B.Y.O.B. (Bring your own bandwidth)

The tech climate in the meetings industry is warming up to providing the right technology for meeting planners’ needs. I recently spoke with an industry professional for conference and event management at a leading global investment and financial advisory group who has initiated a protocol that the meetings industry needs to take very seriously. The policy: that any meeting, regardless of size, must have the bandwidth to go paperless.

It started two years ago when the company conducted a cost-benefit analysis of the print materials for its annual conferences. Handing out volumes of binders to each participant incurred astronomical costs for binding, collation, printing, shipping and labor. Removing printing from the process would save the company millions of dollars over a single year — not to mention the improvement in document security and information security that was at risk in the paper distribution. Additionally, as a green initiative, the move was widely supported.

This test case gave rise to a paperless policy. While many attendees are BYOD (bring your own device), those who don’t are outfitted with loaners with the company recharging the devices at night and returning them the following morning at multi-day meetings. And when this company wants to hold a meeting at a venue where sufficient Internet access is not in place, it will rely on a provider to support additional bandwidth — but this is not the ideal.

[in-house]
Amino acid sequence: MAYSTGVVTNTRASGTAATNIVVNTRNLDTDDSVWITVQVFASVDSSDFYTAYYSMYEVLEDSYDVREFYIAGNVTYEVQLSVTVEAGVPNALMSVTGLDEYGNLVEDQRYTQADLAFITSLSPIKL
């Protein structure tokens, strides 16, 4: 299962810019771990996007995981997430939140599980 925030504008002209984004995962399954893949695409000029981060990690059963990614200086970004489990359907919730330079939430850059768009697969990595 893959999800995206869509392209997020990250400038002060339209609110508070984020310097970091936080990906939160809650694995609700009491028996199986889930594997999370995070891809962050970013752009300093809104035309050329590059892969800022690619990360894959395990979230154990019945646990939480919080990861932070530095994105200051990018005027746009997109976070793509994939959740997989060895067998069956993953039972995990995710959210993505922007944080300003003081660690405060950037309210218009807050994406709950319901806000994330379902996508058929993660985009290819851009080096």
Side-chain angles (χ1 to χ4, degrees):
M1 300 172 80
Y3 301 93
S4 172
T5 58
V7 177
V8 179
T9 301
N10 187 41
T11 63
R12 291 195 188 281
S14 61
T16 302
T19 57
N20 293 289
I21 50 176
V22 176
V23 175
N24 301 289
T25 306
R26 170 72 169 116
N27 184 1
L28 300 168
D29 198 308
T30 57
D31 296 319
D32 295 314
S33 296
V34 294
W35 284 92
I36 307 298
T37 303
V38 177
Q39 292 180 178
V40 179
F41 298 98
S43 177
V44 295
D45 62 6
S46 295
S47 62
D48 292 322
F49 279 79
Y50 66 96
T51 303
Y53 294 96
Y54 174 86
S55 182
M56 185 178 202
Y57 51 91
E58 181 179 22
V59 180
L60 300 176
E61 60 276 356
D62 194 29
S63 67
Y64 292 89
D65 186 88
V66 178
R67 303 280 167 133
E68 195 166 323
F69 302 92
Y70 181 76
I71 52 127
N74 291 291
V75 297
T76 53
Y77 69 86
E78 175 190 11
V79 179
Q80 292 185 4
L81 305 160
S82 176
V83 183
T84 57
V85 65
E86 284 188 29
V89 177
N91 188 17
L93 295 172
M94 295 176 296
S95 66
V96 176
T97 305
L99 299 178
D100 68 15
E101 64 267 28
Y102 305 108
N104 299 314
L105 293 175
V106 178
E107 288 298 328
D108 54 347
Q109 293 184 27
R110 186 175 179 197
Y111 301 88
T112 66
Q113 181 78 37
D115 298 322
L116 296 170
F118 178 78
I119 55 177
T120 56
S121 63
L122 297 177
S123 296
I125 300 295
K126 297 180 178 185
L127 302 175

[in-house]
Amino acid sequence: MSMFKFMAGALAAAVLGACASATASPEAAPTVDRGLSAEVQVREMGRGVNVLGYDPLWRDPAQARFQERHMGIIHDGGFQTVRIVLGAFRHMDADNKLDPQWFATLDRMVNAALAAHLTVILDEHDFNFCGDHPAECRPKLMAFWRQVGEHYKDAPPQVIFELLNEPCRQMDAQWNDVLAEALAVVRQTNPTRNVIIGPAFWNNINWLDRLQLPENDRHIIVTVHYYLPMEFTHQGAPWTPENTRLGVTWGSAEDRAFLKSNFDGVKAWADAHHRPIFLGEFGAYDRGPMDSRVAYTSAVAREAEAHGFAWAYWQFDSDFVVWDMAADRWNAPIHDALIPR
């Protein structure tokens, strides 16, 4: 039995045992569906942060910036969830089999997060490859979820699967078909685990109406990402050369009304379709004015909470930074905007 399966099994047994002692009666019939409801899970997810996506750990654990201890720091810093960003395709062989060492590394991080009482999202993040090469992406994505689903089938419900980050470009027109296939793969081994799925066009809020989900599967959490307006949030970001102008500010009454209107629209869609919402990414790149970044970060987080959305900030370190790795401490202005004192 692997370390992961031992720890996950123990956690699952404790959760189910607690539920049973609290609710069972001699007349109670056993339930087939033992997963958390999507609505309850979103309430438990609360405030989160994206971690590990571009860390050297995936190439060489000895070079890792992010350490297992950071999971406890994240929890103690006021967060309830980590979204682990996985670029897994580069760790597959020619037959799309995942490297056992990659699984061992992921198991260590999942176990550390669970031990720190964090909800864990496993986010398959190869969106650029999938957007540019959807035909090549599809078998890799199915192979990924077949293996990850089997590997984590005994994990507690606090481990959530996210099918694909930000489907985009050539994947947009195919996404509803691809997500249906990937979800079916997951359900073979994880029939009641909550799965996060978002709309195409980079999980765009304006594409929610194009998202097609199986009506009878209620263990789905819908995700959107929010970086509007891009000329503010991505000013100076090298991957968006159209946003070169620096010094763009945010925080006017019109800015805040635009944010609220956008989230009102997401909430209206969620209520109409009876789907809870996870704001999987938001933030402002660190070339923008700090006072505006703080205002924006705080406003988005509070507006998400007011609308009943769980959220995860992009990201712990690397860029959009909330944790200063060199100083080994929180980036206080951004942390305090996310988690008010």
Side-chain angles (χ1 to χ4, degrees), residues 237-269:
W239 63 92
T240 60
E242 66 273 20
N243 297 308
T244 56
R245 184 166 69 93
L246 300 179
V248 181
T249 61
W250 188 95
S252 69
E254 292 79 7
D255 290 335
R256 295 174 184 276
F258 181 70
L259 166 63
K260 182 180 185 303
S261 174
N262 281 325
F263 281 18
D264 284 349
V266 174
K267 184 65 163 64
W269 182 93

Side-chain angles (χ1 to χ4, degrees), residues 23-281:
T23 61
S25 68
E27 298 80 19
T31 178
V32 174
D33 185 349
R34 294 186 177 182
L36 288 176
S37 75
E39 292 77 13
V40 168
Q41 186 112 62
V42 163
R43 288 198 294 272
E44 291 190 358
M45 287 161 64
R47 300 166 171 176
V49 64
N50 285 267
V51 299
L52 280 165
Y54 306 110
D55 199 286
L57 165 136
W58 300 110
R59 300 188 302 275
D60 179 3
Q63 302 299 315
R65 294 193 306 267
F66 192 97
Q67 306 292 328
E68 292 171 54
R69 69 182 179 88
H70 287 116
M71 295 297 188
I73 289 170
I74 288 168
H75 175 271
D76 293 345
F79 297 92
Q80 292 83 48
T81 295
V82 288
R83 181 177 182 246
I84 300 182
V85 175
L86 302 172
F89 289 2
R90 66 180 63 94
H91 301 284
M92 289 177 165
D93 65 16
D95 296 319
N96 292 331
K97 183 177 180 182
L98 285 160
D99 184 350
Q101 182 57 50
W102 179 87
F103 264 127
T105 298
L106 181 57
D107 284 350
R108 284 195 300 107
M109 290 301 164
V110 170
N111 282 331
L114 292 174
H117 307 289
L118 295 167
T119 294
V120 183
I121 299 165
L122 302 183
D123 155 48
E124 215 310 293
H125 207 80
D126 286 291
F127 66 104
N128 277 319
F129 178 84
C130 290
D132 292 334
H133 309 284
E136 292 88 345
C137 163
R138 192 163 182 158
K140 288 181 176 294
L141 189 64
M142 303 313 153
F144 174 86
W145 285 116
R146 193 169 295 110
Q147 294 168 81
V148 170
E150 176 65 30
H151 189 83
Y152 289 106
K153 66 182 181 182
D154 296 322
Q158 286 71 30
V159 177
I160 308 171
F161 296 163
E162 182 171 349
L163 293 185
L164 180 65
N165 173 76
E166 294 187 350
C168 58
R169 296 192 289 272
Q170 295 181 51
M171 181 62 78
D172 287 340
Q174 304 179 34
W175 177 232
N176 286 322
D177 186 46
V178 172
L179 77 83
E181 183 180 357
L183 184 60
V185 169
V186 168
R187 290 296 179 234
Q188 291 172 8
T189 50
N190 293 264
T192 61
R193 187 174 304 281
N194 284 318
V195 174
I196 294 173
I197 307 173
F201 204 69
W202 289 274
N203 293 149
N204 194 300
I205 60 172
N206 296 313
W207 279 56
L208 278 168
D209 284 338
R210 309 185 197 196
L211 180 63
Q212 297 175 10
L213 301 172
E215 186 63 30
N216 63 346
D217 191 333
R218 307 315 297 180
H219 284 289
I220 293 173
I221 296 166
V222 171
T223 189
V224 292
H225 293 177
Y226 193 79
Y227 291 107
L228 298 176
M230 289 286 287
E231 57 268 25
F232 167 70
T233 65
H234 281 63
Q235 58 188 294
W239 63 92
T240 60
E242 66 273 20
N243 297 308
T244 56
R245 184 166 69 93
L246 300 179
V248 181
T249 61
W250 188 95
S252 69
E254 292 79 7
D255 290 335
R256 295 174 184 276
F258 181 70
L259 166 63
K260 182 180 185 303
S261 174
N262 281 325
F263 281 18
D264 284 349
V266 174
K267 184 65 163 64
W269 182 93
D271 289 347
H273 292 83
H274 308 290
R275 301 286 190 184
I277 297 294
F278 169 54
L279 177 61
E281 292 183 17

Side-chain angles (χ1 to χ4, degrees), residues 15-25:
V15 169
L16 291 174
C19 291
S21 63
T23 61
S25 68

“In the future, bandwidth will be a requirement — like having a telephone in your room — not an amenity,” said the events management professional. He commented that this policy won’t force hotels to change because one can’t pressure a hotel to make such capital improvements, but he predicted the advancements in mobility will make hotels that focus on groups and meetings include this enhancement in the future.

During hotel site inspections, today’s planners are asking about bandwidth to ensure their meetings can be supported in an efficient and cost-effective manner. One way to “empower the planner” with tools is to share the website — a calculator for meeting planners to determine what wireless access they need for their next event. With continuously added costs in the meetings industry such as resort fees and Wi-Fi fees, planners are increasingly citing bandwidth availability as a negotiating point.

So go forth and negotiate your mobility.